Yesterday leaders of Lutheran churches from around southern Alberta – pastors and council members – met for the annual Area Gathering. A couple of years ago that group met here at Hope. Now it’s all online, of course, but the purpose remains the same: to have an opportunity to connect with each other and share joys and challenges of ministry, and be encouraged and strengthened in our work. This year the topic at the top of everyone’s mind was the pandemic and how it is radically changing how we do things in the church.
Our speaker this year was Susan Beaumont, an extraordinary teacher who has both an M.B.A. and an M. Div. She is an experienced change management consultant in the business world as well as a trained spiritual director. She wrote a book in 2019 called How to Lead When You Don’t Know Where You’re Going which has provided excellent food for reflection for myself and many other pastors in our area. At this gathering we heard Beaumont describe the current situation of the church as a time of liminality, that is, an in-between time when many of the old ways are not working anymore, but when new ways have yet to solidly emerge. It’s a time of both anxiety and creativity. There is grief for what has been lost but also curiosity about what could be in the future. A biblical story that speaks to our time comes from the book of Ezra, which tells of Israel’s return from exile in Babylon, and the rebuilding of the temple in Jerusalem, 40 years after it had been destroyed. Ezra, chapter 3, describes a great gathering of the people when the new foundation stones are laid, and a liturgy of celebration that marks the event.
All of the people shouted with praise to the Lord because the foundation of the Lord’s house had been laid. 12 But many of the older priests and Levites and heads of families, who had seen the first house, wept aloud when they saw the foundation of this house, although many others shouted loudly with joy. 13 No one could distinguish the sound of the joyful shout from the sound of the people’s weeping, because the people rejoiced very loudly. The sound was heard at a great distance.
Isn’t this how things are in our day? Something of what the church was is gone forever – the Luther League events overflowing with attendance, multi-classroom Sunday Schools, Vacation Bible School, sports tournaments, even large seniors’ gatherings – yet something new is still being built – online gatherings, small spiritual reflection groups, social justice action groups. We are in between, in a liminal season, and we cannot always distinguish the sounds of joy from the sounds of weeping.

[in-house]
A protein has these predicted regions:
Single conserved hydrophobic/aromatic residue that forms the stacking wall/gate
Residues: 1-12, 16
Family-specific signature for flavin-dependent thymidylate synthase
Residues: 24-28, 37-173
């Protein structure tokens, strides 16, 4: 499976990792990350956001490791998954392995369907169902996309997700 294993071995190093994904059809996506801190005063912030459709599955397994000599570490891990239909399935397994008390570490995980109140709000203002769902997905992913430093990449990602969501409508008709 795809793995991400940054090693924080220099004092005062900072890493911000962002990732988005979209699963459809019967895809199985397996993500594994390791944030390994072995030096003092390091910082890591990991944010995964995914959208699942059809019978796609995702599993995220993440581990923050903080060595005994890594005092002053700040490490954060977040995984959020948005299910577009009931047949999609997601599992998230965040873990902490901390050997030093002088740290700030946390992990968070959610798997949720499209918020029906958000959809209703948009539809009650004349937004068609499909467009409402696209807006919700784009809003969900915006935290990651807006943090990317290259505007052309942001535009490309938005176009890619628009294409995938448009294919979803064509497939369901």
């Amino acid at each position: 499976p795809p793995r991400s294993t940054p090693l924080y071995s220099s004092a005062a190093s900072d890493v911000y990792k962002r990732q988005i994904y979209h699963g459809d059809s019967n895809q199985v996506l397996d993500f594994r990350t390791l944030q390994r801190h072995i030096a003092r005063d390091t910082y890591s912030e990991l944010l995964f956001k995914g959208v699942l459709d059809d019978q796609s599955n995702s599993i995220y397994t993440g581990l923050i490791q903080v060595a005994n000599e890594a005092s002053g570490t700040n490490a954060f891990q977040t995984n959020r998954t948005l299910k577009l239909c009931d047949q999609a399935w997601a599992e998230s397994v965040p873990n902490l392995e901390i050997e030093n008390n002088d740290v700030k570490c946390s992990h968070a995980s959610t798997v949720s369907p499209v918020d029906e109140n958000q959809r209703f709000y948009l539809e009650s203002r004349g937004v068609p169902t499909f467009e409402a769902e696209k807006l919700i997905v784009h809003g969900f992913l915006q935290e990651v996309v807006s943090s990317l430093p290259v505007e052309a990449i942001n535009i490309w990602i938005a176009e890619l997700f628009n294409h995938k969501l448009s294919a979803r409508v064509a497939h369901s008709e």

Our own Bishop Larry concluded the meeting with an update on the happenings around the Synod, and reflecting on how all of us are coping with the pandemic. For him the paradigm was a performance of Beethoven’s 9th Symphony by the “distinguished British baritone, Robert Bennington,” a.k.a. Mr. Bean. You can look this up for yourself later by going to YouTube and searching “Mr. Bean Beethoven 9”. For now I’ll just have to describe it to you. The performance starts out with appropriate classical music seriousness as Mr. Bean takes the stage. The orchestra begins to play, he opens his folder of music, and he starts to sing the opening strains:
Freude, schöner Götterfunken,
Tochter aus Elysium,
Wir betreten feuertrunken,
Himmlische, dein Heiligtum!
Then he turns the page and a panicked look comes over his face. He frantically turns the pages over and over but it’s no use: the rest of the score is missing. But the orchestra is still playing and Mr. Bean is going to have to improvise. And so he just starts to spout random German words and names to the tune of the Ode to Joy. He puts his best face on things and bravely soldiers through to the end of the piece.